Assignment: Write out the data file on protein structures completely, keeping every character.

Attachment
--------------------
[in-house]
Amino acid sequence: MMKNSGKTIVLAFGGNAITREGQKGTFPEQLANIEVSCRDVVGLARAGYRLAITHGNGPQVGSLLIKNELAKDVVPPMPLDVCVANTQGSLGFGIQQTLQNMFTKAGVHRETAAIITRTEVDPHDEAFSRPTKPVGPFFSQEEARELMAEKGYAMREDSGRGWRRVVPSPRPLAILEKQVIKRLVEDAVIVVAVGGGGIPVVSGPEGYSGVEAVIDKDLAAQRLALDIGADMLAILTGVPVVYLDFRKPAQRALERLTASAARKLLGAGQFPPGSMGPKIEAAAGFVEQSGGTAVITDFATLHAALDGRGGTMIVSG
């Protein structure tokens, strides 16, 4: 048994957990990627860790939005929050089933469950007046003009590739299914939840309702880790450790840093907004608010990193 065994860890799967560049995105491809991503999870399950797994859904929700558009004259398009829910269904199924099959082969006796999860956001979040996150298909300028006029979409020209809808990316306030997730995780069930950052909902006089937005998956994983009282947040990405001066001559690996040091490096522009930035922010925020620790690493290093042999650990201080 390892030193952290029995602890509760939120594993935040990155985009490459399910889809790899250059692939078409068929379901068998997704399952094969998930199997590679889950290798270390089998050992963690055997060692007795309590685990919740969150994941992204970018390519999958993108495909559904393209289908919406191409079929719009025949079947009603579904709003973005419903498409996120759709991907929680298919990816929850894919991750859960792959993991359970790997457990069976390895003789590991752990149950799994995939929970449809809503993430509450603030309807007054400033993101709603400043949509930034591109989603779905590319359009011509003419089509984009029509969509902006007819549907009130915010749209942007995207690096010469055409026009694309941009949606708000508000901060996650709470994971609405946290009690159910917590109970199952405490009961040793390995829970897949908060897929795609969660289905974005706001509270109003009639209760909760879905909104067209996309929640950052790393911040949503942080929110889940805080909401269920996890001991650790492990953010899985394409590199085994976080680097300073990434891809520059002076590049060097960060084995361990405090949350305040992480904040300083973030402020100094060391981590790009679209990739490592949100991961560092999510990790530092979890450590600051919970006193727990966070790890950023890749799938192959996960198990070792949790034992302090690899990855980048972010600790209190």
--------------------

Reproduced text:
[in-house]
Amino acid sequence: MMKNSGKTIVLAFGGNAITREGQKGTFPEQLANIEVSCRDVVGLARAGYRLAITHGNGPQVGSLLIKNELAKDVVPPMPLDVCVANTQGSLGFGIQQTLQNMFTKAGVHRETAAIITRTEVDPHDEAFSRPTKPVGPFFSQEEARELMAEKGYAMREDSGRGWRRVVPSPRPLAILEKQVIKRLVEDAVIVVAVGGGGIPVVSGPEGYSGVEAVIDKDLAAQRLALDIGADMLAILTGVPVVYLDFRKPAQRALERLTASAARKLLGAGQFPPGSMGPKIEAAAGFVEQSGGTAVITDFATLHAALDGRGGTMIVSG
């Protein structure tokens, strides 16, 4: 048994957990990627860790939005929050089933469950007046003009590739299914939840309702880790450790840093907004608010990193 065994860890799967560049995105491809991503999870399950797994859904929700558009004259398009829910269904199924099959082969006796999860956001979040996150298909300028006029979409020209809808990316306030997730995780069930950052909902006089937005998956994983009282947040990405001066001559690996040091490096522009930035922010925020620790690493290093042999650990201080 390892030193952290029995602890509760939120594993935040990155985009490459399910889809790899250059692939078409068929379901068998997704399952094969998930199997590679889950290798270390089998050992963690055997060692007795309590685990919740969150994941992204970018390519999958993108495909559904393209289908919406191409079929719009025949079947009603579904709003973005419903498409996120759709991907929680298919990816929850894919991750859960792959993991359970790997457990069976390895003789590991752990149950799994995939929970449809809503993430509450603030309807007054400033993101709603400043949509930034591109989603779905590319359009011509003419089509984009029509969509902006007819549907009130915010749209942007995207690096010469055409026009694309941009949606708000508000901060996650709470994971609405946290009690159910917590109970199952405490009961040793390995829970897949908060897929795609969660289905974005706001509270109003009639209760909760879905909104067209996309929640950052790393911040949503942080929110889940805080909401269920996890001991650790492990953010899985394409590199085994976080680097300073990434891809520059002076590049060097960060084995361990405090949350305040992480904040300083973030402020100094060391981590790009679209990739490592949100991961560092999510990790530092979890450590600051919970006193727990966070790890950023890749799938192959996960198990070792949790034992302090690899990855980048972010600790209190």